Climate change trends are becoming more severe.


There are many ways climate change trends are manifesting across the face of our planet and impacting the way we live our lives. Here are five of the most severe signs of climate change today.

Over the past century, the impact that humankind’s actions and innovations have had on the state of our planet has become increasingly obvious. Cities have grown more compact, urban sprawl and suburban developments have blended together across lands that were once wild and unaltered, and our planet has not simply been a passive observer of our decisions. The choices we make every day as individuals, businesses, and governments create sweeping changes across our native landscapes. And the results are not always what they seem.

Development and growth may appear to be positive but come at a staggering cost. The impact of our industrial development and reliance on archaic methods of powering our world has caused potentially irreparable damage to the environment in the form of global warming and climate change. While these changes occur slowly enough that we may not notice them on a daily basis, when we reflect on years and decades past, the impact becomes more obvious.

There are a large number of ways in which climate change is manifesting across the face of our planet and, whether we realize it or not, is impacting the way we live our lives. Here are five of the most obvious, and most severe, impacts of climate change on our planet.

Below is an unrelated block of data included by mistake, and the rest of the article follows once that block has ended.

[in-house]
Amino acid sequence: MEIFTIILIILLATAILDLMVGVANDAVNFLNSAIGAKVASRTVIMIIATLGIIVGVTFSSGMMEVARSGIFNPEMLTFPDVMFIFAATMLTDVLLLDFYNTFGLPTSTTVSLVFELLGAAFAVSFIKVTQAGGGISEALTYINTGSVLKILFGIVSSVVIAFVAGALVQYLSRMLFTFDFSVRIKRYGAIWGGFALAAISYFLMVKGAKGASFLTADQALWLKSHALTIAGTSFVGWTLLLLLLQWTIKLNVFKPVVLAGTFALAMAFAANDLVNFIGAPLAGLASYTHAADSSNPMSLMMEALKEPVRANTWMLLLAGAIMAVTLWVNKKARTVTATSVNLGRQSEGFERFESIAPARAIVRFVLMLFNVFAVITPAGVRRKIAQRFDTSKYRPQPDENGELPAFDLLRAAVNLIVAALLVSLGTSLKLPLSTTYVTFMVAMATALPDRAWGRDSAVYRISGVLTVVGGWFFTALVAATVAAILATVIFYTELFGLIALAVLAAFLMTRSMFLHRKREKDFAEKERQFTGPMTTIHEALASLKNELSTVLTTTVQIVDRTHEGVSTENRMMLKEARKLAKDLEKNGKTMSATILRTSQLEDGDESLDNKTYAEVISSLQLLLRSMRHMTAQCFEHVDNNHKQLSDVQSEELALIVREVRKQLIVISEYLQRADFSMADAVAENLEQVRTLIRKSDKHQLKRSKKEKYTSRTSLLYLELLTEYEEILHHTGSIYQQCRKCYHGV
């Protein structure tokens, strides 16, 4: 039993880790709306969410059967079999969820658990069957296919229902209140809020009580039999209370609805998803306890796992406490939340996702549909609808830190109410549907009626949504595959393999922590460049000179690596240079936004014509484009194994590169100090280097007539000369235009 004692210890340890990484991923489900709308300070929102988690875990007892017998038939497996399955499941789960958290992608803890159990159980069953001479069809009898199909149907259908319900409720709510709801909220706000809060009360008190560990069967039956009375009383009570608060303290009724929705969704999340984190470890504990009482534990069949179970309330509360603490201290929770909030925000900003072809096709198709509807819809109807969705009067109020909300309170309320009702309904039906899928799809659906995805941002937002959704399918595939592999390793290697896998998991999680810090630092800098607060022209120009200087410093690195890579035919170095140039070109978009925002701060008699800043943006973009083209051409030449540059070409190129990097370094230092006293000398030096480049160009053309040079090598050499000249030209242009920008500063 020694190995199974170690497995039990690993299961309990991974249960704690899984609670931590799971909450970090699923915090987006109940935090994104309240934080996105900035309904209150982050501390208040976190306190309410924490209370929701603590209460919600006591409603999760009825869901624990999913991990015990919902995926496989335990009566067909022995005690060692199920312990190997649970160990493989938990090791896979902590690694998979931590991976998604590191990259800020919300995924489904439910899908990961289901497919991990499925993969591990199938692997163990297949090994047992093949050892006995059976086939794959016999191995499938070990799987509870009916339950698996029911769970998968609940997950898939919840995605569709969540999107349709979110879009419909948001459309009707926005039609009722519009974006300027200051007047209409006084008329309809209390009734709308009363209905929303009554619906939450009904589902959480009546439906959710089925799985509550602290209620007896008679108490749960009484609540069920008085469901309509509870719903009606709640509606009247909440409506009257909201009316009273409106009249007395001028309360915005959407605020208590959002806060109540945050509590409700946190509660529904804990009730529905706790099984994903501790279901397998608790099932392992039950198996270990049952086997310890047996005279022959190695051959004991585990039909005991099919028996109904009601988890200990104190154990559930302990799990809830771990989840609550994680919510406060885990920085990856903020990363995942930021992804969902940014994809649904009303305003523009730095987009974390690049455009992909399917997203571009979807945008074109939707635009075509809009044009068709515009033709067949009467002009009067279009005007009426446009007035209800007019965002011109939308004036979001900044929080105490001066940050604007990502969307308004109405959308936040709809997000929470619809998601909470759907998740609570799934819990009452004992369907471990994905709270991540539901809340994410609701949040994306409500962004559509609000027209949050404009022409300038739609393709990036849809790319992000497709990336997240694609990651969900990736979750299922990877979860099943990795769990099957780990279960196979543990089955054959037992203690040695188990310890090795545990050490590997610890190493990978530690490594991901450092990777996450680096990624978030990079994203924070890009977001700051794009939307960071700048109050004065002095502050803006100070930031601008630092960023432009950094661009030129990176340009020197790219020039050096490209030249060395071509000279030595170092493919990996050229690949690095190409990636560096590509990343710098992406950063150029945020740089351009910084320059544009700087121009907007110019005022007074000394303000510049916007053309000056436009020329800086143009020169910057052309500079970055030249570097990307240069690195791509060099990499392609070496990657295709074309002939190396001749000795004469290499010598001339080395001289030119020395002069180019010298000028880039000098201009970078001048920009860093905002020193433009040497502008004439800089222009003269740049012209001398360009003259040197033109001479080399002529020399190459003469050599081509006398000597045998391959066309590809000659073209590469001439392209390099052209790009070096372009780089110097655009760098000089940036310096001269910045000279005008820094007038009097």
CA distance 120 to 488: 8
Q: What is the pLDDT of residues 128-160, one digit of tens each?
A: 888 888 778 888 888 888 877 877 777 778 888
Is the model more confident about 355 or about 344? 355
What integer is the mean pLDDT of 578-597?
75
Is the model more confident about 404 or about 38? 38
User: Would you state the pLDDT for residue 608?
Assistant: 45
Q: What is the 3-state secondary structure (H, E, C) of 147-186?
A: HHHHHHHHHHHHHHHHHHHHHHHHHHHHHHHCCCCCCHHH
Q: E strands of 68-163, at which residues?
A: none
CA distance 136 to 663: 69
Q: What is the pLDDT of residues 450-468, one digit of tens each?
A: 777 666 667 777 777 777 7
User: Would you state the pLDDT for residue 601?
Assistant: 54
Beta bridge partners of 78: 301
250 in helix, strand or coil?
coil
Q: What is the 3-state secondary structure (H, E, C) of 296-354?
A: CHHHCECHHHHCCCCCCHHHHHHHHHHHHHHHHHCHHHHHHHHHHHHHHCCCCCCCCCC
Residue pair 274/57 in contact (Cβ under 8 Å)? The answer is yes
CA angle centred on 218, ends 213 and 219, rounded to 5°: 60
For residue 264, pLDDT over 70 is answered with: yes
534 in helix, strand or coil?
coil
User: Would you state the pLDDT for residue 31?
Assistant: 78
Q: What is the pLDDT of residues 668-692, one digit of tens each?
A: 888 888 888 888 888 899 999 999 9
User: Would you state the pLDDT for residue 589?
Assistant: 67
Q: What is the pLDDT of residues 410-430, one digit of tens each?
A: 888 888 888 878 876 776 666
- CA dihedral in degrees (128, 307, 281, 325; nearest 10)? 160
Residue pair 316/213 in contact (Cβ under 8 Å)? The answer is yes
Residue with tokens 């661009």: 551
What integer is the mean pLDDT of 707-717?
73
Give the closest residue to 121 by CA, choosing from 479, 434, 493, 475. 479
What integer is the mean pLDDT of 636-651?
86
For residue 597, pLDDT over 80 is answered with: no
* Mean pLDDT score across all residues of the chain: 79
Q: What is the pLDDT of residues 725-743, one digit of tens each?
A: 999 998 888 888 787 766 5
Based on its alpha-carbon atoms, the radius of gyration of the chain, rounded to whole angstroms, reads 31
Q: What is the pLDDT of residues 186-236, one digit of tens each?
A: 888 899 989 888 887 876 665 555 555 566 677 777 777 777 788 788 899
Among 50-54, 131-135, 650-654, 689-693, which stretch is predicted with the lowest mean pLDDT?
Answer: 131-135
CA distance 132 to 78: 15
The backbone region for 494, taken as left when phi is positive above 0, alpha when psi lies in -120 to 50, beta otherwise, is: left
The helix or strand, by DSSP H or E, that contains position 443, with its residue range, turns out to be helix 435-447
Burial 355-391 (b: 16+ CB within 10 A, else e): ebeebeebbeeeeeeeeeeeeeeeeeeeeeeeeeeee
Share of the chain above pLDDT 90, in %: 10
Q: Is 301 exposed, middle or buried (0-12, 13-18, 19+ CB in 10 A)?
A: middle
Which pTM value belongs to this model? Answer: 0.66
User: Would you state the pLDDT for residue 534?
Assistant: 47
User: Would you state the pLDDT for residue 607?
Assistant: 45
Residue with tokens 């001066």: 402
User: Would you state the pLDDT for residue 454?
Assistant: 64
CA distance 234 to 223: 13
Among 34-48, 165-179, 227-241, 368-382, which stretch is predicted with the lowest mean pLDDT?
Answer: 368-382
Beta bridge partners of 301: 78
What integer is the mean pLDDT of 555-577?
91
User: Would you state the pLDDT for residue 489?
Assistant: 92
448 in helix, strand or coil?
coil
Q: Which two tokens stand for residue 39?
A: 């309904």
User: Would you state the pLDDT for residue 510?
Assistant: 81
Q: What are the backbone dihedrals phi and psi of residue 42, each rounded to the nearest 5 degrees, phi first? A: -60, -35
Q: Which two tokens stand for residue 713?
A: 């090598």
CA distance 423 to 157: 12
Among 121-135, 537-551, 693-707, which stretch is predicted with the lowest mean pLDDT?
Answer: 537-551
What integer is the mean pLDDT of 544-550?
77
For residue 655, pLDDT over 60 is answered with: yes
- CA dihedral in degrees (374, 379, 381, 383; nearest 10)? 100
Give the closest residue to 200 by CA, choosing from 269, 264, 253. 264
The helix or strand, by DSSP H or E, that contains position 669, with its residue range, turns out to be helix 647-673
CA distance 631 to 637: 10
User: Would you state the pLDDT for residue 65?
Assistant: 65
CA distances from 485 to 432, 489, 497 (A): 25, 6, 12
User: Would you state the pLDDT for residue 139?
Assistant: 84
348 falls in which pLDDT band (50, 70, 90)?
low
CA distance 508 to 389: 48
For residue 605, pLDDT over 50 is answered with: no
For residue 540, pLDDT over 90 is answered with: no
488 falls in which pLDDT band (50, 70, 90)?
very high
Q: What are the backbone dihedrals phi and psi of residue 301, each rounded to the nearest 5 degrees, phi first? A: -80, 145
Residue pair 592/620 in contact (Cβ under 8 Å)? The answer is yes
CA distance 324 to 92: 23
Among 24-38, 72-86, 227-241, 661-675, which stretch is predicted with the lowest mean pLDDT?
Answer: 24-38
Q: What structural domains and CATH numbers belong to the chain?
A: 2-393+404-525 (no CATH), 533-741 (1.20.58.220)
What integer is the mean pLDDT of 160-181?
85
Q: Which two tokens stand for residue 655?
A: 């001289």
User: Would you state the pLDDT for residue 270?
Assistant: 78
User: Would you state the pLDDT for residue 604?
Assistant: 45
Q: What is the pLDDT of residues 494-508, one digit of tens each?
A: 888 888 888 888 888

1. Global Shrinking

As global temperatures have continued to warm over the past hundred years, the size and mass of glaciers have steadily decreased, and changes have accelerated at a remarkable pace within the past few decades. Since the end of the pre-industrial era in 1900, global temperatures have increased by an average of 1.76° F1, with 2020 being the second-hottest year on record. Glaciologists2 have long been monitoring glacial expansion or melt with over one hundred thousand glaciers in their inventory, 40 of which are being tracked with far greater detail. According to these observations, the pace of glacial melt has nearly tripled since just the 1980s. Between 2010 and 2018, glaciers the world over have lost the equivalent of 3 feet of ice each compared to 2.2 feet in the 2000s, 17 inches in the 1990s, and 9 inches in the 1980s. And the impact of this severity of glacial melt can be seen around the world in the form of sea-level rise, loss of freshwater access for local communities, and drastic changes to local ecology and landscapes.